Q&A eBook with Bossard: How Will Industry 4.0 Impact Your Supply Chain?

Previously many of these technologies were emerging on their own, but not considered collectively. With a recent push toward an integrated approach, the Internet of Things, the focused effort is much more clear. While efforts are being made to allow technologies to be more interchangeable and data non-exclusive, much of the progress thus far has been disjointed….

This Q&A eBook with Bossard, published by the Generis Group, highlights Industry 4.0, the Internet of Things, full inventory transparency, and more!

Bossard creates solutions that enable you to achieve higher productivity while helping you to surface your potential. Connect with Bossard at our American Supply Chain Summit taking place April 24-25th in Orlando, FL.

Read the full eBook below:

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Making Sense of IIoT Analytics

Making Sense of IIoT Analytics | Automation World

As the Industrial Internet of Things (IIoT) picks up steam, attention is pivoting from connectivity to analytics, flooding manufacturers with a wave of new offerings that all promise to facilitate real business change.

In the article below, find out how Sight Machine is integrating and visualizing data throughout the manufacturing industry. Sight Machine’s CEO and co-founder, Jon Sobel, explains that the company has created an automated intake process that refines data from incompatible factory floor systems and contextualizes it for subsequent analytics.

Read the full article below to find out more!

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A Change Management Strategy For Your ERP Project

Q&A with Intel: Looking at the Factory of the Future

When looking at the future of manufacturing, we wanted to gather thoughts and insights from our American Manufacturing Summit elite speaker Dr. Irene J. Petrick of Intel, an internationally recognized expert in strategic road mapping and innovation, and the Director of Business Strategy for the Industrial and Energy Solutions Division in Intel’s Internet of Things Group. At Intel, it is Dr.Petrick’s job to provide leadership in the integration of business and technology strategy and to develop solutions that will drive exciting technology to create smart edge devices and end-to-end solutions.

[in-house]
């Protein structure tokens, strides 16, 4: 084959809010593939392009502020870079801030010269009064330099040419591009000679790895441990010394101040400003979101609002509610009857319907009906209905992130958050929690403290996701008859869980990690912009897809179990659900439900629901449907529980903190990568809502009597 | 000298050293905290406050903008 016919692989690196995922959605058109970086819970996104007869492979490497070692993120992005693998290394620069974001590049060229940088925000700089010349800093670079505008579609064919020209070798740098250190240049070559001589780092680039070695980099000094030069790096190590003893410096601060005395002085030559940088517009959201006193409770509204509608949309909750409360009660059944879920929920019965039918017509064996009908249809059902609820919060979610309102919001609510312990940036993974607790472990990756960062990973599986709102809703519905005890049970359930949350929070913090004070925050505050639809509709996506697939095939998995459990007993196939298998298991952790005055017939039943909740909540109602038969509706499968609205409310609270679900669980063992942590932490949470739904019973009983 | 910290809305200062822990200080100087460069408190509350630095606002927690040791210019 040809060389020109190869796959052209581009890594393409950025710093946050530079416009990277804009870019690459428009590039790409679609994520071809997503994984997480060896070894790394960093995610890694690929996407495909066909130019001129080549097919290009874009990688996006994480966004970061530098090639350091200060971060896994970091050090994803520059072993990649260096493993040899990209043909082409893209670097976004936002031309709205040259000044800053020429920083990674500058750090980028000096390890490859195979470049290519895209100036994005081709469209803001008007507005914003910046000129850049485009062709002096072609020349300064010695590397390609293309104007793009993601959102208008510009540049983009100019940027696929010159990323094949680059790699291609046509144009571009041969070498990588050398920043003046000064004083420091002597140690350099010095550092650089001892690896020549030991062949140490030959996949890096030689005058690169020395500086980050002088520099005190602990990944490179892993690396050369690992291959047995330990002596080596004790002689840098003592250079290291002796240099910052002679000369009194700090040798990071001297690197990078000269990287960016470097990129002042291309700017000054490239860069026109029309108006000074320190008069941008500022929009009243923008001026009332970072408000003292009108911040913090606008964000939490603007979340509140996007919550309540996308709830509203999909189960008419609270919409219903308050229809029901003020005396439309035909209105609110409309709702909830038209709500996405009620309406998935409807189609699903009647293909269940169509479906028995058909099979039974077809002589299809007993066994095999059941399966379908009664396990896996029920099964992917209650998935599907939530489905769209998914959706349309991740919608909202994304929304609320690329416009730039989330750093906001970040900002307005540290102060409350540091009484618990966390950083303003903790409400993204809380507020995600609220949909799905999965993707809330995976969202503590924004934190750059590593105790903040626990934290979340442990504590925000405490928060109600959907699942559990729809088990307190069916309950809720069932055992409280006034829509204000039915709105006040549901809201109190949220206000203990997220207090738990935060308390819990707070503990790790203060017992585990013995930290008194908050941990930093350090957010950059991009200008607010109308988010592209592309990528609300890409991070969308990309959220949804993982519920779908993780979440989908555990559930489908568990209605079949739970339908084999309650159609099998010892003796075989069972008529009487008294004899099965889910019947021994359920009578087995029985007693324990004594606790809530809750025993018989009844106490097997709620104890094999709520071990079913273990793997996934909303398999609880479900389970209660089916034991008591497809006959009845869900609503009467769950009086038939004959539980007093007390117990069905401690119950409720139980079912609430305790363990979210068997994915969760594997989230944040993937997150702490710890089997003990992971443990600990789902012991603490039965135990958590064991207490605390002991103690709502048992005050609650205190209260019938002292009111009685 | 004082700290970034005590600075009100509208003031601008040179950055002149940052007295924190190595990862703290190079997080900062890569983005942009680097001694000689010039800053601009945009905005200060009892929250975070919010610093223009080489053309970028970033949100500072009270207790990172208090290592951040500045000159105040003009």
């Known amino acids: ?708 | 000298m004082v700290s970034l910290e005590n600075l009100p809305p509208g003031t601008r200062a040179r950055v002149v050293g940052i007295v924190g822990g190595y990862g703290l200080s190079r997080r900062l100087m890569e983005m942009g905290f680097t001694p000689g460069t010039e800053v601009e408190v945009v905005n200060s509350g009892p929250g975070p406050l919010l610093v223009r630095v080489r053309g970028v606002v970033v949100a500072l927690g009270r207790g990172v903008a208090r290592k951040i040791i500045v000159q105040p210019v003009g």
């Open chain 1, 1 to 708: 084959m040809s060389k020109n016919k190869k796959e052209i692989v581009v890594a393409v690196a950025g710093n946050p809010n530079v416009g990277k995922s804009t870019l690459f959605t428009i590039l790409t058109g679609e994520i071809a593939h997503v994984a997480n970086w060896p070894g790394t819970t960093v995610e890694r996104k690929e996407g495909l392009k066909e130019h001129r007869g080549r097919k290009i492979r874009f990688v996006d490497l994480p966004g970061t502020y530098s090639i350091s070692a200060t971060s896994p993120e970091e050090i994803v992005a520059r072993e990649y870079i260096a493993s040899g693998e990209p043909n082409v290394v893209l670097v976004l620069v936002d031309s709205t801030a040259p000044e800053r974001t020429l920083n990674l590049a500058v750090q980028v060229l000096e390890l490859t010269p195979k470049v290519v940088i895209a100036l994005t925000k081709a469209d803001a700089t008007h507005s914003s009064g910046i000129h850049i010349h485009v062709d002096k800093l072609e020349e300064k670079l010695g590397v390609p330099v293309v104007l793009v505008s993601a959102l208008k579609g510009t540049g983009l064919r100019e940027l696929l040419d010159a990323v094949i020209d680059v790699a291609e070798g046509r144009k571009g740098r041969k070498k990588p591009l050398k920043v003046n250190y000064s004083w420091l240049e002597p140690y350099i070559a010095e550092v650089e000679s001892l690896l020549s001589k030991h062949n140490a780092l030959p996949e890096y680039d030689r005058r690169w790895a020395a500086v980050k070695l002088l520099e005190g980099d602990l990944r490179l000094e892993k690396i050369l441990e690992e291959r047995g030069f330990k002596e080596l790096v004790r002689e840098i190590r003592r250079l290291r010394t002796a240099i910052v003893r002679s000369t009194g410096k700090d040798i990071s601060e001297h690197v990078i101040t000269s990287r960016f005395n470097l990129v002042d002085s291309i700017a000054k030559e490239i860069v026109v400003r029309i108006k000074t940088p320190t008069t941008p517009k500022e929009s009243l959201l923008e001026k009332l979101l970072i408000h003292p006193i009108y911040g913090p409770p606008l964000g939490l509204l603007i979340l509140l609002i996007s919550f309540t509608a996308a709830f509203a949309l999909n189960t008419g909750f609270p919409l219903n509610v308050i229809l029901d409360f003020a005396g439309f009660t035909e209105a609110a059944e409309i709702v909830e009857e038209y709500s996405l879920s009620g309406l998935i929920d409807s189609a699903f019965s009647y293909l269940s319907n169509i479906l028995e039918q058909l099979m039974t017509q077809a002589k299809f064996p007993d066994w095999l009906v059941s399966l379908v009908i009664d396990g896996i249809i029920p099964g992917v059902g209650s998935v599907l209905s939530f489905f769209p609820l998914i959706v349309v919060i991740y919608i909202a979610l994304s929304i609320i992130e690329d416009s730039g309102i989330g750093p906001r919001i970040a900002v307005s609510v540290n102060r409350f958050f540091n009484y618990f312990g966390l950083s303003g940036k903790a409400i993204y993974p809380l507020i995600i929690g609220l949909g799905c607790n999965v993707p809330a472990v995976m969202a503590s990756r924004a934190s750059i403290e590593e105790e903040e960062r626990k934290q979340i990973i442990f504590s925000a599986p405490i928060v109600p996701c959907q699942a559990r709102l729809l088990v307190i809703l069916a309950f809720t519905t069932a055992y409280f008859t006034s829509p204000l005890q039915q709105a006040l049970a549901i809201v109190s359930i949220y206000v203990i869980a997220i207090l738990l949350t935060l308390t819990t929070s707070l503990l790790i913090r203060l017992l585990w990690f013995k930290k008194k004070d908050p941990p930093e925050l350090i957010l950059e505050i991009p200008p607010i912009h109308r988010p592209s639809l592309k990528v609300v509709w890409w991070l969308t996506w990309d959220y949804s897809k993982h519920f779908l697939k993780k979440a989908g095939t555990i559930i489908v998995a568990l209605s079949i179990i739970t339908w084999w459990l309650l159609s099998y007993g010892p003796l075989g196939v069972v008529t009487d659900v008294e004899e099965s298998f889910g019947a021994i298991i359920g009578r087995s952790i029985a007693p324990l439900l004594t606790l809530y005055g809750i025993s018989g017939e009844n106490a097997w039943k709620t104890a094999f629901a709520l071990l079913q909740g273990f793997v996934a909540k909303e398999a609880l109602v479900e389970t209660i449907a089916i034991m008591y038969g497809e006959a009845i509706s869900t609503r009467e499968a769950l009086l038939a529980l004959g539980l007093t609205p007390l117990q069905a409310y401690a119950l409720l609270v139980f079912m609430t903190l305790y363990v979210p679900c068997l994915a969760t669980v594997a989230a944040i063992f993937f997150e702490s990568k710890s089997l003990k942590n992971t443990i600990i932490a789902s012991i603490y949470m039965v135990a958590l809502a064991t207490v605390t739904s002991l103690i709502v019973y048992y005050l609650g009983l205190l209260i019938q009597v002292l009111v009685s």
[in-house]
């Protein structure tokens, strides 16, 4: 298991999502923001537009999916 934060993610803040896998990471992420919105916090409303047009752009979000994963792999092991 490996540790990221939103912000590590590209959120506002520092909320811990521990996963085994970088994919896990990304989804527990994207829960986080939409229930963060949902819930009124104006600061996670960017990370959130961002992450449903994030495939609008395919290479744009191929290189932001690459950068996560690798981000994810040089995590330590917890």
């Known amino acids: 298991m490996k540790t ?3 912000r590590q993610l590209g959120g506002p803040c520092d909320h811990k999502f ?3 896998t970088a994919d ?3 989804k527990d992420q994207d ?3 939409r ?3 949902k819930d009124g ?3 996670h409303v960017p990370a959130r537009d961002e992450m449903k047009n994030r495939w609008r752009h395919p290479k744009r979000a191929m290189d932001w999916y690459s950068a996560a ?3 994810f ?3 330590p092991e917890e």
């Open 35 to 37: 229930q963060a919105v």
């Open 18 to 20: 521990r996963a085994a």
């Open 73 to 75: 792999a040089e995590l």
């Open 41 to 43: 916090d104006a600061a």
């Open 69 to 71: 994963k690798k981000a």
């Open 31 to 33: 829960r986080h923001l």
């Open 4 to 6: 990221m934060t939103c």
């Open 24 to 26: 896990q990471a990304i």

In the manufacturing space, there have been major shifts towards smart manufacturing, with a goal to optimize the manufacturing process entirely. Dr. Irene Petrick believes that smart manufacturing triggers are likely to emerge from needs-based business drivers such as operational efficiency and flexibility, ROI, and enhanced customer relationships, and social accelerators such as a growing middle class with an appetite for customized products and a declining manufacturing workforce. Solutions that support the convergence of operating technologies and information technologies will accelerate this manufacturing transformation. It is important to note that there are four shifts that drive smart manufacturing adoption:

  • Modular Manufacturing
  • Digital Threads
  • Networked Ecosystems
  • Human and A.I. Choreography

Today’s manufacturers have the opportunity to increase the transparency in their operations using IoT technologies that will acquire and transfer data from the asset through the fog to the cloud, resulting in efficiency ROI, and closer customer relationships, Dr. Petrick notes.

Fixed mass production systems of today must migrate to more flexible, software defined operations.  Automation and control, material handling, inventory management and enterprise-wide systems will need to be integrated to enable real-time operations and decision-making.

How has technology changed the manufacturing industry, and how can manufacturers use technology to improve their operations and culture of the business?

Globalization begets competition from every direction, making it necessary for industrial companies to continually innovate, increase product quality, and optimize their operations, assets, processes, facilities, and workforce with the goal of lowering operating expenditures (OpEx). Achieving these business goals necessitates a higher level of flexibility and agility, which may require a move away from OEM proprietary control systems that lock manufacturers into a single vendor’s solutions. It is also important to implement robust data and network security technology to protect intellectual property (IP) and personal information from cyber attack, keeping trade secrets out of the hands of competitors and criminals. Technology can also be used to maintain a safe, healthy, and collaborative work environment that fosters a high level of productivity. The factory of the future will be smarter and more agile. Specifically, among the key trends and developments that we anticipate driving operations in this digital industrial age: